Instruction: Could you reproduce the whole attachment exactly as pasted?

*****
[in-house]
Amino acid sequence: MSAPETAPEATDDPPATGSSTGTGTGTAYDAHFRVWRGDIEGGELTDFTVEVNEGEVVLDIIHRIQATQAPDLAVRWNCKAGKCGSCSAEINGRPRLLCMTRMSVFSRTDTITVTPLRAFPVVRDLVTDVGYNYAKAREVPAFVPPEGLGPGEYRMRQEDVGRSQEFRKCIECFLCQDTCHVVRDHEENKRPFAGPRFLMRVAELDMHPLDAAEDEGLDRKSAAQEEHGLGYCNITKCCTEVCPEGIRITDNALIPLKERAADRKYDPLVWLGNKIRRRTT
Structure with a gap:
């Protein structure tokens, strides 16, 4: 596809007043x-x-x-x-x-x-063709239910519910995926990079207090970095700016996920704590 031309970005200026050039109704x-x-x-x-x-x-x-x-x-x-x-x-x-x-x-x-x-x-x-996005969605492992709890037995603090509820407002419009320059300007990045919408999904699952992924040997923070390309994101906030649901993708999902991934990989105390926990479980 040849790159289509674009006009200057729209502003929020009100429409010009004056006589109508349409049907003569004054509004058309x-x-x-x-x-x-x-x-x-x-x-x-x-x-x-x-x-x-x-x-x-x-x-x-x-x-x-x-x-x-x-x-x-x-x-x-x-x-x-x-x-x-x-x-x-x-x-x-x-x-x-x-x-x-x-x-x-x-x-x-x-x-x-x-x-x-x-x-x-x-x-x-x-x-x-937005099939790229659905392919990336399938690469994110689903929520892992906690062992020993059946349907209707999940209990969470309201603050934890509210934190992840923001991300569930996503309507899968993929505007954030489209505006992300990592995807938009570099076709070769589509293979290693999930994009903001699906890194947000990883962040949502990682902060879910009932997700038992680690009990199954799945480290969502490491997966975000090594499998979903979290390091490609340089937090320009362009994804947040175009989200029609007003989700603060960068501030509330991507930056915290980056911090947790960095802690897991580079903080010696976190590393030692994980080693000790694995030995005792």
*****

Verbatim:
[in-house]
Amino acid sequence: MSAPETAPEATDDPPATGSSTGTGTGTAYDAHFRVWRGDIEGGELTDFTVEVNEGEVVLDIIHRIQATQAPDLAVRWNCKAGKCGSCSAEINGRPRLLCMTRMSVFSRTDTITVTPLRAFPVVRDLVTDVGYNYAKAREVPAFVPPEGLGPGEYRMRQEDVGRSQEFRKCIECFLCQDTCHVVRDHEENKRPFAGPRFLMRVAELDMHPLDAAEDEGLDRKSAAQEEHGLGYCNITKCCTEVCPEGIRITDNALIPLKERAADRKYDPLVWLGNKIRRRTT
Structure with a gap:
């Protein structure tokens, strides 16, 4: 596809007043x-x-x-x-x-x-063709239910519910995926990079207090970095700016996920704590 031309970005200026050039109704x-x-x-x-x-x-x-x-x-x-x-x-x-x-x-x-x-x-x-996005969605492992709890037995603090509820407002419009320059300007990045919408999904699952992924040997923070390309994101906030649901993708999902991934990989105390926990479980 040849790159289509674009006009200057729209502003929020009100429409010009004056006589109508349409049907003569004054509004058309x-x-x-x-x-x-x-x-x-x-x-x-x-x-x-x-x-x-x-x-x-x-x-x-x-x-x-x-x-x-x-x-x-x-x-x-x-x-x-x-x-x-x-x-x-x-x-x-x-x-x-x-x-x-x-x-x-x-x-x-x-x-x-x-x-x-x-x-x-x-x-x-x-x-x-937005099939790229659905392919990336399938690469994110689903929520892992906690062992020993059946349907209707999940209990969470309201603050934890509210934190992840923001991300569930996503309507899968993929505007954030489209505006992300990592995807938009570099076709070769589509293979290693999930994009903001699906890194947000990883962040949502990682902060879910009932997700038992680690009990199954799945480290969502490491997966975000090594499998979903979290390091490609340089937090320009362009994804947040175009989200029609007003989700603060960068501030509330991507930056915290980056911090947790960095802690897991580079903080010696976190590393030692994980080693000790694995030995005792």